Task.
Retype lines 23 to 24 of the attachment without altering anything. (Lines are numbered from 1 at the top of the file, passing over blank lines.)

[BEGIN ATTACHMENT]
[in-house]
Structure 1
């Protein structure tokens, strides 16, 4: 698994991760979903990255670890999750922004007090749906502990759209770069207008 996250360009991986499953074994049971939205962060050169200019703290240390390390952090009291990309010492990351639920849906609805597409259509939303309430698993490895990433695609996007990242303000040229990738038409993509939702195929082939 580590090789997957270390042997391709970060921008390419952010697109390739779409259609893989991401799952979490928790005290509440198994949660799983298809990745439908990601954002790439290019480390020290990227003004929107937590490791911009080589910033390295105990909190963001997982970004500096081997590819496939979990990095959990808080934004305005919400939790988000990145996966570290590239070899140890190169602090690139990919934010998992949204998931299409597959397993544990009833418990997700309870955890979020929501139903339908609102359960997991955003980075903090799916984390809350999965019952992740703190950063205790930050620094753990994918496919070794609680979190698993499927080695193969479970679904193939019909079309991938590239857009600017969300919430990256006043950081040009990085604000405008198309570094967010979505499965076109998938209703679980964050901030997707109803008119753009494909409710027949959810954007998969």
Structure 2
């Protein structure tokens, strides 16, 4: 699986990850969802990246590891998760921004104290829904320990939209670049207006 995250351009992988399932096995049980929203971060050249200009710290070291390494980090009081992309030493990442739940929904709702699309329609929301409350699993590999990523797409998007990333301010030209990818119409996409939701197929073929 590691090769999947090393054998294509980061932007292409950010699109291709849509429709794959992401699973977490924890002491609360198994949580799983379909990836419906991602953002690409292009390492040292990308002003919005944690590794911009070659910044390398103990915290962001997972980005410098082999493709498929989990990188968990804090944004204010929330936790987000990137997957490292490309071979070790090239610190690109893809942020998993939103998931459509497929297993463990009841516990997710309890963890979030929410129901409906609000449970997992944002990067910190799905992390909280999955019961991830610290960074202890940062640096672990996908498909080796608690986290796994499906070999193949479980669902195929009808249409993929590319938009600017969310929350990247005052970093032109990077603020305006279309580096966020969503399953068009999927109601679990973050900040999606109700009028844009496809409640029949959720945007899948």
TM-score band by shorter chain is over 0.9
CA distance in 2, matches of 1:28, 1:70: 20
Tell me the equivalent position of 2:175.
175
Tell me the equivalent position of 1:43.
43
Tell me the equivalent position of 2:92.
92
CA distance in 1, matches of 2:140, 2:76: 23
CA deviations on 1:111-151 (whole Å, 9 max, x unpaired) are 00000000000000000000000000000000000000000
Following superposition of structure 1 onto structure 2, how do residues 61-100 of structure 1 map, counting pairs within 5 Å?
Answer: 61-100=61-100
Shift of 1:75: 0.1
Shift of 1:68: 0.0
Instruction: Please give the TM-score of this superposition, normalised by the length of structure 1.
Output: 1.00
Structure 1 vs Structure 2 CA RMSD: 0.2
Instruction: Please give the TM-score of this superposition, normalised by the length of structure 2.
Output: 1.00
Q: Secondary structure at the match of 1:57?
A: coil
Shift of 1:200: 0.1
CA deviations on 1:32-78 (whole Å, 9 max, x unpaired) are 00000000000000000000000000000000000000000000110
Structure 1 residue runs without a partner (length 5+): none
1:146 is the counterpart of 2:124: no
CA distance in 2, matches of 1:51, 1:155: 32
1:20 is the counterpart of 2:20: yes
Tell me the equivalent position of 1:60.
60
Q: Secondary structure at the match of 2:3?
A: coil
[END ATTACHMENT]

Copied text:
Instruction: Please give the TM-score of this superposition, normalised by the length of structure 2.
Output: 1.00